It’s the will of the Turkish people, Erdogan says. But which people?

 The Guardian.

There are decades where nothing happens; and there are weeks where decades happen,” Lenin said. Turkey is having weeks like that. After the failed coup on 15 July, followed by a state of emergency, little is how it appears to be any more.

Ayça ÇubukçuWhat may eventually become clear is that under this state of emergency, a new political settlement is emerging. President Recep Tayyip Erdoğan is mobilising “the people” to turn the suspension of the constitution into the foundation of a body politic. Whether he succeeds could determine the nature of the Turkish state and society in the 21st century.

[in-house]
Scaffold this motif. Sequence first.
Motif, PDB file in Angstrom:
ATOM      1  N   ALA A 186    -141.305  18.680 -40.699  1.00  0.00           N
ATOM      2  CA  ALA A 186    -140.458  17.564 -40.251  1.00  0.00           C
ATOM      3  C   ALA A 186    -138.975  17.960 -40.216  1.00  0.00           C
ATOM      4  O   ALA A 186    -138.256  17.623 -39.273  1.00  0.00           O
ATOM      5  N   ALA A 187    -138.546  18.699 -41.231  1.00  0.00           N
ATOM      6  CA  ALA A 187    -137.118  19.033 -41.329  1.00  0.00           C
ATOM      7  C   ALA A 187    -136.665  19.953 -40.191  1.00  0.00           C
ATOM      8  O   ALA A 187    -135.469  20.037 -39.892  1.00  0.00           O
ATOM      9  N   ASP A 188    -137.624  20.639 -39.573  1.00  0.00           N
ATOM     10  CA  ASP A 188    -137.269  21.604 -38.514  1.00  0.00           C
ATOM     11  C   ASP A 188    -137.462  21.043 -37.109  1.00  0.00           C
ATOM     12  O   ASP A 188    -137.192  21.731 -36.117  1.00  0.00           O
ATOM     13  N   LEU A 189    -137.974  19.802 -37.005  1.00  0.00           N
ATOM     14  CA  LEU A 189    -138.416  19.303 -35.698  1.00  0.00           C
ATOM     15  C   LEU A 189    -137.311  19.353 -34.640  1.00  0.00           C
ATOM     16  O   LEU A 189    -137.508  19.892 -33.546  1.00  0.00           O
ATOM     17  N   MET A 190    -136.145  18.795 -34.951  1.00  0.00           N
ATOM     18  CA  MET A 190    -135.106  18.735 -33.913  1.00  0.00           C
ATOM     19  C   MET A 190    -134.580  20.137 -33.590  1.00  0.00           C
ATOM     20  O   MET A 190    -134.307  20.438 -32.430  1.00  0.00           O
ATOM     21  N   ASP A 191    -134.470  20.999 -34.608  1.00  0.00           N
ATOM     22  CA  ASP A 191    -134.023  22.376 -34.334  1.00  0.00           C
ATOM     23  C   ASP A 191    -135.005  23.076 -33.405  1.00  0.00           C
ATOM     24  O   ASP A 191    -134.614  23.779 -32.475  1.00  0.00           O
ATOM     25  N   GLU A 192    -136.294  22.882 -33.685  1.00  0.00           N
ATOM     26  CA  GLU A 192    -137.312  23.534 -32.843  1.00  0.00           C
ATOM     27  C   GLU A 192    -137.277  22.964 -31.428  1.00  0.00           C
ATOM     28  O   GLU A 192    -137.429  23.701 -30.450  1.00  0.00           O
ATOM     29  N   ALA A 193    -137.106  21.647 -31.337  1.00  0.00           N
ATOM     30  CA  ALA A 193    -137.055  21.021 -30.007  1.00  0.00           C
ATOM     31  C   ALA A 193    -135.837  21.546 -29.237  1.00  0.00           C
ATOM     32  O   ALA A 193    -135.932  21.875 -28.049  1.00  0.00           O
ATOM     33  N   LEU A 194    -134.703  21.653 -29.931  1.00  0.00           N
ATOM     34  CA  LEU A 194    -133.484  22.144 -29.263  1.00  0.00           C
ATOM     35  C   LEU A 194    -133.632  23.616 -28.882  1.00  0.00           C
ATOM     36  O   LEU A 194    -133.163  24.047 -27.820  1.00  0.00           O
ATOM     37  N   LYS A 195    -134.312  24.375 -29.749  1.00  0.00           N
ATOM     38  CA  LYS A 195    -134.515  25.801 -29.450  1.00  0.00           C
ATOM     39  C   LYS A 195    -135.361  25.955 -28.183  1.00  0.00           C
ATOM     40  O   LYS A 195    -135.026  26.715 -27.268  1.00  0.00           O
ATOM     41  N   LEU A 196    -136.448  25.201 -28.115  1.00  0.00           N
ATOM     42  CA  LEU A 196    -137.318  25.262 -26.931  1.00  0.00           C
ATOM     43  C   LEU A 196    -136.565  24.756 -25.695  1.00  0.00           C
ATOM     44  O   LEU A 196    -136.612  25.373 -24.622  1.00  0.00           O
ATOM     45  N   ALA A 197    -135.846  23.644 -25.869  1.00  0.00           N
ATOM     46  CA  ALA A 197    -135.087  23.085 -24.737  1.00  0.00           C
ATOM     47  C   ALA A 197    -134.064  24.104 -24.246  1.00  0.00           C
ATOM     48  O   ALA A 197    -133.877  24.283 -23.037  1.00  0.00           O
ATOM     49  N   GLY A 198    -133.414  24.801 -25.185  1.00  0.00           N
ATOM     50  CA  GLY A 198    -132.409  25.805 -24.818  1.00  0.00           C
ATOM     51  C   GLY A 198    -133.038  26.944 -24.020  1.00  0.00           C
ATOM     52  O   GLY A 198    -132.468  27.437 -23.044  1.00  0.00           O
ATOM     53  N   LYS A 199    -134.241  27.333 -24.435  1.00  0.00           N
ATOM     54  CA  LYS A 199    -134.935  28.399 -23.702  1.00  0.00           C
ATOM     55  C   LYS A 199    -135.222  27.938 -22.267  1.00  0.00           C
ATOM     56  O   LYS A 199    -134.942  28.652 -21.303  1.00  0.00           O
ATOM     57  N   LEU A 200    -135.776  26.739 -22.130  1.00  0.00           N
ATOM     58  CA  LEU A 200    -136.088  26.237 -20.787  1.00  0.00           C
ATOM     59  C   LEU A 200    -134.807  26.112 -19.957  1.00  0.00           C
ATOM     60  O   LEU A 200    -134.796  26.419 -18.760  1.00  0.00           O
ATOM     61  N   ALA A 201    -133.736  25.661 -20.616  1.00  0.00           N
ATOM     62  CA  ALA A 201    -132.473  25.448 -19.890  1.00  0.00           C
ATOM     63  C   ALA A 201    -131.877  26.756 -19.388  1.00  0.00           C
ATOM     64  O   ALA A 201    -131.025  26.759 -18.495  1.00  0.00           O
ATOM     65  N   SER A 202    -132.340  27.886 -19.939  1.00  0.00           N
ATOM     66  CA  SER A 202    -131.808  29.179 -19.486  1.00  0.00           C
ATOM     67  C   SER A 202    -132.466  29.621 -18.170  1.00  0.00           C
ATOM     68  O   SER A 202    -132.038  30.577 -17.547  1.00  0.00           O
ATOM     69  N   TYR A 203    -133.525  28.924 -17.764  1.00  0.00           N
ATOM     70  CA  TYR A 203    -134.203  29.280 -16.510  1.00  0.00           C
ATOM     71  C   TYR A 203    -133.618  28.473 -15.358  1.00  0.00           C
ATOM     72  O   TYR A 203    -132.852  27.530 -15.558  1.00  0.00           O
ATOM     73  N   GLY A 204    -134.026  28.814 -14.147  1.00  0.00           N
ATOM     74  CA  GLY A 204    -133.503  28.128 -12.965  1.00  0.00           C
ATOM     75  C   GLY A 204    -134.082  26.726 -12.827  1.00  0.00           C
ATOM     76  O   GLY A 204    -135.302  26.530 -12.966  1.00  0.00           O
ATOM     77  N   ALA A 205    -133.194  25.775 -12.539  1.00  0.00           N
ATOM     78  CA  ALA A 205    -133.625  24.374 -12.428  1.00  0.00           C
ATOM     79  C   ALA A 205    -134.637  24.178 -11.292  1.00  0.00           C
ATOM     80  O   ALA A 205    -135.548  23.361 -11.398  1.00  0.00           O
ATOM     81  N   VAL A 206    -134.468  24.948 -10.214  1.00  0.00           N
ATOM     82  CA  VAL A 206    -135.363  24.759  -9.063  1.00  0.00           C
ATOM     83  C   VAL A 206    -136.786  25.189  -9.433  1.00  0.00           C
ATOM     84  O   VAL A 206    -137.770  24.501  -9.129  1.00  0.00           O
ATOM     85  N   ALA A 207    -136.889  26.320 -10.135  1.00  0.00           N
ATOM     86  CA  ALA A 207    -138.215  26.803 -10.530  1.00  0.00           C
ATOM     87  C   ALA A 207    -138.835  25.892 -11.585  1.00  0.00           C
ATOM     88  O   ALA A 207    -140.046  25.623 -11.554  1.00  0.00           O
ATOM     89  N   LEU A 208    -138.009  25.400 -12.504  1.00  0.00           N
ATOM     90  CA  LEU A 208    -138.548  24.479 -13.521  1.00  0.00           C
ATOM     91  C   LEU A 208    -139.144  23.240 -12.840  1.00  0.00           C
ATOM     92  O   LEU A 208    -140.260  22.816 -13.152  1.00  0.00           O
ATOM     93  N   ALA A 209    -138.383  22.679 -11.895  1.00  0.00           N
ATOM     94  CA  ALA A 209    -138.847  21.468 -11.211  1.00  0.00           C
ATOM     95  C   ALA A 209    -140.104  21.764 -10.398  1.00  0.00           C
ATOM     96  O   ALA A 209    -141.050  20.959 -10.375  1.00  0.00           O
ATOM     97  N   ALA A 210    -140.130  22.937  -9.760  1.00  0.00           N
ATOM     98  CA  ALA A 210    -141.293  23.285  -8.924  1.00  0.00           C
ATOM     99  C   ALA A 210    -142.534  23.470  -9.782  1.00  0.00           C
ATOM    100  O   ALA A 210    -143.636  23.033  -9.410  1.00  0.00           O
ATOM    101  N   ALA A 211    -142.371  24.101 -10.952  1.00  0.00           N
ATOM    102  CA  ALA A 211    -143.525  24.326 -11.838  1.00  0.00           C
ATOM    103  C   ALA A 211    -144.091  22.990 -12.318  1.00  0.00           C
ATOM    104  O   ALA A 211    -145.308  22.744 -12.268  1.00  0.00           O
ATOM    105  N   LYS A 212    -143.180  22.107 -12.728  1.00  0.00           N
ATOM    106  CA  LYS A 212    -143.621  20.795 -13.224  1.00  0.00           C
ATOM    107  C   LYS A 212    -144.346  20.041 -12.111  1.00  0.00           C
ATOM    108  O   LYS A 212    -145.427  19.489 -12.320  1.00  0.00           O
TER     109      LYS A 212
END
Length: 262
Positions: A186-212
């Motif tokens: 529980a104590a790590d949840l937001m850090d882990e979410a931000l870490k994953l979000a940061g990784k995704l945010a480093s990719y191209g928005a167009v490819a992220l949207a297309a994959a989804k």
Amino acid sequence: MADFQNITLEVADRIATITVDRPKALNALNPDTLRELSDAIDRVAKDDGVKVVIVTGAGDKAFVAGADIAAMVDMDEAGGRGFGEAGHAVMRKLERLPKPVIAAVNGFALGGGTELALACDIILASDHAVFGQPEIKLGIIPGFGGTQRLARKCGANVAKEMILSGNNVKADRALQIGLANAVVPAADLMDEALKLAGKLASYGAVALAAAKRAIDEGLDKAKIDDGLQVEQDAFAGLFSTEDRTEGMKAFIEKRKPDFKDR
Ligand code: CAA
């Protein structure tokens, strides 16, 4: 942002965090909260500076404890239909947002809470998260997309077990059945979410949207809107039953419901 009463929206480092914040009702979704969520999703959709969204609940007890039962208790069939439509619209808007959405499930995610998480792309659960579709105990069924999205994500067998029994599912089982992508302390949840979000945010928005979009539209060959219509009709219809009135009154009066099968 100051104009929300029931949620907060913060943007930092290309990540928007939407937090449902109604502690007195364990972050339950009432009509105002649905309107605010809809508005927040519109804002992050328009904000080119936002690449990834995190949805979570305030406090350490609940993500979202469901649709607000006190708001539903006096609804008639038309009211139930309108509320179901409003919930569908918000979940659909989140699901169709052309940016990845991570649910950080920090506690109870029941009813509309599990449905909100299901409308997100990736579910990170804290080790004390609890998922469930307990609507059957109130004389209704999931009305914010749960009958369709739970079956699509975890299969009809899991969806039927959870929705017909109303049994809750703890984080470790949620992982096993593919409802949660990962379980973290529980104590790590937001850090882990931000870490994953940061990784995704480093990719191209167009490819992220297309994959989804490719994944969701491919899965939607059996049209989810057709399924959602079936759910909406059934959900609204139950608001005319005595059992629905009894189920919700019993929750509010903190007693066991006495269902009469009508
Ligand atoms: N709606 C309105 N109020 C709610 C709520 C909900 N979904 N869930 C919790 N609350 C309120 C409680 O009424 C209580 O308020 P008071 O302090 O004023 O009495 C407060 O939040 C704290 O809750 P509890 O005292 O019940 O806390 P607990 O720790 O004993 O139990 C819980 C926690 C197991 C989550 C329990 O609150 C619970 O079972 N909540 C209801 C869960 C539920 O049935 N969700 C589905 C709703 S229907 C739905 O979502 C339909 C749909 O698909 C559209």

The date of the attempted coup, 15 July, has already been declared a national holiday to commemorate the “martyrs” who helped to halt the military on the streets that day. Since the coup attempt Erdoğan and his Justice and Development party (AKP) have been using all means possible to ensure that “the people” continuously fill the streets and squares. In Istanbul, where I was yesterday, public transport has been declared free, while mobile phone companies, under orders from the state, are providing free calls. All citizens have received text messages from the president himself, urging them to demonstrate in the streets after work until further notice. And many do. Tens of thousands gather every night to celebrate the defeat of the coup and “defend democracy”. In Taksim Square, the crowd – men and women, some with their children – was triumphant. According to Erdoğan, the people who come out are manifesting a singular “national will”, which he, as the commander-in-chief, embodies. “Do not leave the squares until a further order,” he commands “his” nation.

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